– OK, Steve, you started off tinkering in a garage and became a worldwide brand. What’s the secret?
– Three easy steps. One, make your product sleek, seductive and easy to use. Two, get a bright, happy logo that might – for the sake of argument – represent something you’d like to take a bite of. A little bit sinful, but you can’t get enough of it. So it’s not the product they’re buying, it’s the image that goes with it. And that sets you up for number three – charge twice as much as anyone else and laugh all the way to the bank.
– Fine. Thing is, I’m a writer. A human being, not a product.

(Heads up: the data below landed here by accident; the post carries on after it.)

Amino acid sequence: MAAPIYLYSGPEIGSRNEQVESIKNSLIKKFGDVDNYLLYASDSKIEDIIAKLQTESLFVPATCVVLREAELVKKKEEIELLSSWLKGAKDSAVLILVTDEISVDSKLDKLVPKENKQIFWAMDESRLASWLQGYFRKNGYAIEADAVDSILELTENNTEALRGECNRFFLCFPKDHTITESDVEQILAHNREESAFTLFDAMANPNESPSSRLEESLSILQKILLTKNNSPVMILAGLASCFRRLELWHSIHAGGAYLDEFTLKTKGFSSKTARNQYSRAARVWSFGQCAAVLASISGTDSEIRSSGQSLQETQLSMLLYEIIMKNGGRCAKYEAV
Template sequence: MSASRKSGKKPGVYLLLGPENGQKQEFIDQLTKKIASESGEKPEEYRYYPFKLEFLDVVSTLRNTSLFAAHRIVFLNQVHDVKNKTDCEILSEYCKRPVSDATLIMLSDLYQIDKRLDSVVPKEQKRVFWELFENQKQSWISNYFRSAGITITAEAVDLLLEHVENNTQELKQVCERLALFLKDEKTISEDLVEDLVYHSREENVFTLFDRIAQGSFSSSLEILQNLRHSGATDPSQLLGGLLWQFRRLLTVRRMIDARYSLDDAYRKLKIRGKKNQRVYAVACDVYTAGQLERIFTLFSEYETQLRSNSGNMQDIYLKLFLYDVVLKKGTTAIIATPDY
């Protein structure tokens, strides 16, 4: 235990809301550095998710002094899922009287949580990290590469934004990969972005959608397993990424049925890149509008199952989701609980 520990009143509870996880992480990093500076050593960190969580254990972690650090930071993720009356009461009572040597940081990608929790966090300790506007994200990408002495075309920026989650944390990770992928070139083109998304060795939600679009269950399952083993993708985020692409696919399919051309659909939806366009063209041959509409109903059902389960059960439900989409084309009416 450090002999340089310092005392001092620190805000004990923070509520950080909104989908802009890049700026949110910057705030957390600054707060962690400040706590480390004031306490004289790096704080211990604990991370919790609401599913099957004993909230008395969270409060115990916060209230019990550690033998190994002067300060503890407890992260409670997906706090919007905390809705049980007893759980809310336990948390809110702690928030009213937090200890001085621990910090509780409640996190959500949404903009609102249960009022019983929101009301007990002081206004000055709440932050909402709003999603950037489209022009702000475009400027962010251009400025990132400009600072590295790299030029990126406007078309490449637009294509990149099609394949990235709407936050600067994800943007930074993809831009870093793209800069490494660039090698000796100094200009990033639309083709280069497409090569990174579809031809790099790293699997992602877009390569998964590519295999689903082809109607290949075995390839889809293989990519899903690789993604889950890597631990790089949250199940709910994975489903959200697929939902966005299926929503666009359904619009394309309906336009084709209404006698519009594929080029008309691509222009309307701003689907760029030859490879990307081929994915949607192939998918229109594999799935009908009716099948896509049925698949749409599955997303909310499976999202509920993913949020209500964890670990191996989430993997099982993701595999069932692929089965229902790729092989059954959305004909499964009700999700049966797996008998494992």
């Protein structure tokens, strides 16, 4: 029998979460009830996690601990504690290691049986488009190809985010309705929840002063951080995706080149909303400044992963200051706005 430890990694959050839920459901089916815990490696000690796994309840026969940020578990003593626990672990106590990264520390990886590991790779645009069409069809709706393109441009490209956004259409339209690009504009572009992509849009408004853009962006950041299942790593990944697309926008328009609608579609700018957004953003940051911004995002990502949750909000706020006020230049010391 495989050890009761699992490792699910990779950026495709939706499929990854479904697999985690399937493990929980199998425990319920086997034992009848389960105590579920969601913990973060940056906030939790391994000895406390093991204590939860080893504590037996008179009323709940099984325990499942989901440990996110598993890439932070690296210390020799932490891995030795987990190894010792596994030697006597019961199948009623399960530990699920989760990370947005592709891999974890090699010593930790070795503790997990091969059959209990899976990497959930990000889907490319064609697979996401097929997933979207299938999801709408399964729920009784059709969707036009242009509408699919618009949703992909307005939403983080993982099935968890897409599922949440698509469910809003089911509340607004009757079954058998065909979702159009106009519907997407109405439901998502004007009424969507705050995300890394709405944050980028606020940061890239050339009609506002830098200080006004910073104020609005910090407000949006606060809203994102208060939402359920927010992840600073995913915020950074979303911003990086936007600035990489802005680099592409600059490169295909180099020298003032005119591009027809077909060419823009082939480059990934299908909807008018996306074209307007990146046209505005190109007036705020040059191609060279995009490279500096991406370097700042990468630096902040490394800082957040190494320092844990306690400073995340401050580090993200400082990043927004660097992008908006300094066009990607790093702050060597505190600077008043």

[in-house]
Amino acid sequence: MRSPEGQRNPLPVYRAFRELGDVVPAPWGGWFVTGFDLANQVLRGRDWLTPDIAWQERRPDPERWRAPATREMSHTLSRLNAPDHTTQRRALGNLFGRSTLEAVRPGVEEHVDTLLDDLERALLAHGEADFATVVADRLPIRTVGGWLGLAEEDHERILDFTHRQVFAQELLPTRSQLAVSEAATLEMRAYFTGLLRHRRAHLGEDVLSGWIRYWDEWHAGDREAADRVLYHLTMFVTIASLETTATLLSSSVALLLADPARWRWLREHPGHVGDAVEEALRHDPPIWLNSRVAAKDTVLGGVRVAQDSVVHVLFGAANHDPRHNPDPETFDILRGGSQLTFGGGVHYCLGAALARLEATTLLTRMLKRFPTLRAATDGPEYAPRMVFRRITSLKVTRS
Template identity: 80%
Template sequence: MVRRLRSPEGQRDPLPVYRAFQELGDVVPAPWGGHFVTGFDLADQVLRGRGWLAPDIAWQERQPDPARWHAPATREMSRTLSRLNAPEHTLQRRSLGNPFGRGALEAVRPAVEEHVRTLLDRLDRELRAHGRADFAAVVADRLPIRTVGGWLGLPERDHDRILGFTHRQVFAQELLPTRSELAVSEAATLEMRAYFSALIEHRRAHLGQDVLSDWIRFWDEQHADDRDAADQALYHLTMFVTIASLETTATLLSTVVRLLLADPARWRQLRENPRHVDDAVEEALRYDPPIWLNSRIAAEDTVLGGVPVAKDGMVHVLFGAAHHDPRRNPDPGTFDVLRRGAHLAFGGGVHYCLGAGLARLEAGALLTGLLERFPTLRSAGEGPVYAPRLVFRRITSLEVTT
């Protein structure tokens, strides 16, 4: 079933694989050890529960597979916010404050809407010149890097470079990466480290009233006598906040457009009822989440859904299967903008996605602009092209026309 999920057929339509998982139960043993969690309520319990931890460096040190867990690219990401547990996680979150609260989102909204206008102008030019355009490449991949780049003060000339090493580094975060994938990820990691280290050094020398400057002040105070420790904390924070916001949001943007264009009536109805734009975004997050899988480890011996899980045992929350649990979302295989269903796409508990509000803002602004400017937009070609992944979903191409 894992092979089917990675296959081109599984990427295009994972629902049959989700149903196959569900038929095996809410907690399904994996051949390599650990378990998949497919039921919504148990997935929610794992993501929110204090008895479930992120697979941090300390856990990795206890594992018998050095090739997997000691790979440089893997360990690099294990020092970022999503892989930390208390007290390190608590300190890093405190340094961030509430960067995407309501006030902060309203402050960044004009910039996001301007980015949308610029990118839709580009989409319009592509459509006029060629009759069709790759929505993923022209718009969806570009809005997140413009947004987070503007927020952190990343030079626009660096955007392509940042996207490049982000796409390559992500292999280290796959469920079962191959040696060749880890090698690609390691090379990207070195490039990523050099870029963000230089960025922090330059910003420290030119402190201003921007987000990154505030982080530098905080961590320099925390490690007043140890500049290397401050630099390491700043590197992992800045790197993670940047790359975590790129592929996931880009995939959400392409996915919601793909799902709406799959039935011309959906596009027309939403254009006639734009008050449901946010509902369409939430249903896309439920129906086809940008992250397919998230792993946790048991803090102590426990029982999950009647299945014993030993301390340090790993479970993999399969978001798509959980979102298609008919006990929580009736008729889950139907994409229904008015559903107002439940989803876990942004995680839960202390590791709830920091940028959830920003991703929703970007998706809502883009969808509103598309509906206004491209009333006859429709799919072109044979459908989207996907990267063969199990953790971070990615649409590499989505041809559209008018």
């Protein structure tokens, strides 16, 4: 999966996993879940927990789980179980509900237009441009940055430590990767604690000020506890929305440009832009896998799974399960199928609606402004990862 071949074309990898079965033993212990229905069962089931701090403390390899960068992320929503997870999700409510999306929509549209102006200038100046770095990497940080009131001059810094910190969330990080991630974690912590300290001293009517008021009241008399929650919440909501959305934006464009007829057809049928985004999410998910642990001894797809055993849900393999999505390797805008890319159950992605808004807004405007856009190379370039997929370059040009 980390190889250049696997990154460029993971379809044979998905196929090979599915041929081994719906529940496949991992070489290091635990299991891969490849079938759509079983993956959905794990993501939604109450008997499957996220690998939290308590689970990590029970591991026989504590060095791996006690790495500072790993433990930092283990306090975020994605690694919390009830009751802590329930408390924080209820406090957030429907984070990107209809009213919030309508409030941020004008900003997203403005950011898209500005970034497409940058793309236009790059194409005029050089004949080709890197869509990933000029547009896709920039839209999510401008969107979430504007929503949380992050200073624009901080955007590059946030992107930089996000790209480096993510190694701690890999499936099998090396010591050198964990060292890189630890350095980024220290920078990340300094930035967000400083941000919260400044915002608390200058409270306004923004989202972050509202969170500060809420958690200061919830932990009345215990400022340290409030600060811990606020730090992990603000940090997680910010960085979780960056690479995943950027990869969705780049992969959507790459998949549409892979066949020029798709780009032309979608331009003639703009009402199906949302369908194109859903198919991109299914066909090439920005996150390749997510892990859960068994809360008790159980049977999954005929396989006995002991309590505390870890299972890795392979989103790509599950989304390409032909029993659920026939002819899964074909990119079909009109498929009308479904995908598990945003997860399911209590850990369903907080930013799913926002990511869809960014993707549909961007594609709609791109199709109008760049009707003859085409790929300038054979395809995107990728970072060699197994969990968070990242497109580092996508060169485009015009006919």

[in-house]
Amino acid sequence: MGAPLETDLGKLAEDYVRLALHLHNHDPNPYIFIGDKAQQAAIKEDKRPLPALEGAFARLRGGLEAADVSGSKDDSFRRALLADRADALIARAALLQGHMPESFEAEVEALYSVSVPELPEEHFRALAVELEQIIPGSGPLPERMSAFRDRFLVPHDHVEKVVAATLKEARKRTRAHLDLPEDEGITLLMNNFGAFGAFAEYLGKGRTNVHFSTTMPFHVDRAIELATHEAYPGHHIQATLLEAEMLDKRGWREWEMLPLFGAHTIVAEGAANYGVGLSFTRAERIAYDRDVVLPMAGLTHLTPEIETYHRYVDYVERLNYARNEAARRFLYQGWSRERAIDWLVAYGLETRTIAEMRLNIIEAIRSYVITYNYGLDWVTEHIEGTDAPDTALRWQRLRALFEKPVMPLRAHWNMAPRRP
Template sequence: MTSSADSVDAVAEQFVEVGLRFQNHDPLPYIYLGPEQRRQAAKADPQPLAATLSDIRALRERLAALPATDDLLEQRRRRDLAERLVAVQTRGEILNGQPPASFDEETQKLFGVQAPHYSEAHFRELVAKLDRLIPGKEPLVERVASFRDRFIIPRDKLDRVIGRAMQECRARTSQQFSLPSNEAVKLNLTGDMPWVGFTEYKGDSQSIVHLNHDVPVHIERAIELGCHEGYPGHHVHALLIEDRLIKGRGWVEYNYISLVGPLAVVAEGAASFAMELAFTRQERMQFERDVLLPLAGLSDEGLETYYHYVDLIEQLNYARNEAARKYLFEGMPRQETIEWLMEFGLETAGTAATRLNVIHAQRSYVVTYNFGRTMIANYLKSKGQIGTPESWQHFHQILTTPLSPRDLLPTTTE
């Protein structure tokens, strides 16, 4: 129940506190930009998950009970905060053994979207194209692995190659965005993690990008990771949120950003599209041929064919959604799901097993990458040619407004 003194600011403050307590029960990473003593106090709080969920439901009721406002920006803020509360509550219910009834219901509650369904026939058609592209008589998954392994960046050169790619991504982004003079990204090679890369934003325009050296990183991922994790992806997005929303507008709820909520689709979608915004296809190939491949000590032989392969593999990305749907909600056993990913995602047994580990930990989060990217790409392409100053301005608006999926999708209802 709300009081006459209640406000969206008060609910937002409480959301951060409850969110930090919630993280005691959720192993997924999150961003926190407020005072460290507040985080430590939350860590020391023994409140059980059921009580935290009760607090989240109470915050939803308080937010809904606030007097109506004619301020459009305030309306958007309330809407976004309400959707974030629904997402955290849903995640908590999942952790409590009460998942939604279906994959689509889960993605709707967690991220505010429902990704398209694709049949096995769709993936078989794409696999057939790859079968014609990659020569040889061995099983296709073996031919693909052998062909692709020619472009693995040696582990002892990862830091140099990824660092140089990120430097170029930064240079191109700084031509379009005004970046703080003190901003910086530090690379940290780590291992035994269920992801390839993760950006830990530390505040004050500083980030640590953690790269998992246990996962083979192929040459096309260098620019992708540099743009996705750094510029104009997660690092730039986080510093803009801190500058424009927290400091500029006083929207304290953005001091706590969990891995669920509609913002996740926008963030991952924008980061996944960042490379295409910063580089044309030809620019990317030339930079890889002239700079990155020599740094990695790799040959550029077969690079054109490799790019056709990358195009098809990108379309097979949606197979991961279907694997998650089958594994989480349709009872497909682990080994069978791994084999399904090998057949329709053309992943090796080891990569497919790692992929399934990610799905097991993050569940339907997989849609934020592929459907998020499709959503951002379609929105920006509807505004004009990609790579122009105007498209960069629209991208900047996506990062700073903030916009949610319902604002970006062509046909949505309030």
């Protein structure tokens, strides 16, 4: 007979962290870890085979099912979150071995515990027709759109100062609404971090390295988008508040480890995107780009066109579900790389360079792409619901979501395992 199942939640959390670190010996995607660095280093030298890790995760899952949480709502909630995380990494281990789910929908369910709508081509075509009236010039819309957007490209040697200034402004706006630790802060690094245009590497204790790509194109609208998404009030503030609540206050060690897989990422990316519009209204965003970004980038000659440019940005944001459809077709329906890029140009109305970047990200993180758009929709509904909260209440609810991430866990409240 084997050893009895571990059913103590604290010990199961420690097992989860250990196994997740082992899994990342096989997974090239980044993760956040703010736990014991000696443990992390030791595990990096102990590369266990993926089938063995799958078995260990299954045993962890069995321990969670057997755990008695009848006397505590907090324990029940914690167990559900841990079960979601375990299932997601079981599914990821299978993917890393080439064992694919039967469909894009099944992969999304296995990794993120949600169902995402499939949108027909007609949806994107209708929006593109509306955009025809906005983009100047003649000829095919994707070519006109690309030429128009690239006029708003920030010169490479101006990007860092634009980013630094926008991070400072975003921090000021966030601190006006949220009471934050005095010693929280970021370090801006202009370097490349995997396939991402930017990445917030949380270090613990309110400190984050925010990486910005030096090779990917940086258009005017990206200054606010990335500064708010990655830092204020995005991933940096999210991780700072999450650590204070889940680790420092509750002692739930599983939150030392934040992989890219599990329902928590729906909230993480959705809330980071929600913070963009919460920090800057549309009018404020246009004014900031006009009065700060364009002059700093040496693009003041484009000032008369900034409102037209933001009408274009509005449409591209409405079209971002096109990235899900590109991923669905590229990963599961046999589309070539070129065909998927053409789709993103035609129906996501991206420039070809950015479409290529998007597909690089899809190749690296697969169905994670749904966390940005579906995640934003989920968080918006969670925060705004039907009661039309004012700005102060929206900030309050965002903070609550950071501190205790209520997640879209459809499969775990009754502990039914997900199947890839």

– So? You’ve still got something to sell. Still got to brand it. Imagine you want a car and the salesman says, ‘Well, this one’s got wheels and an engine and it moves.’ You’re like, ‘What do I care?’ But if he says, ‘Here we have a , you go, ‘Wow! Yeah, I like that!’ Same for a writer. You have to decide if you’re a or a . A or a or a . Not that you can be any of those, of course, you’ve been beaten to it. Tough.
– But what if I don’t buy into all that? What if I want to maintain my artistic integrity, fight against the system, and create what I want, on my own terms?
– You’ll die impoverished in a garret. And your body won’t be discovered till it reeks. It’s too late, anyway. You’re on , and . You’ve already started to brand yourself. And if you fight the system, that’s your brand too. Naomi Klein – what’s her logo?
– You tell me. A 30 second pitch. Convince me.
– Um… Well, I thought it was kind of…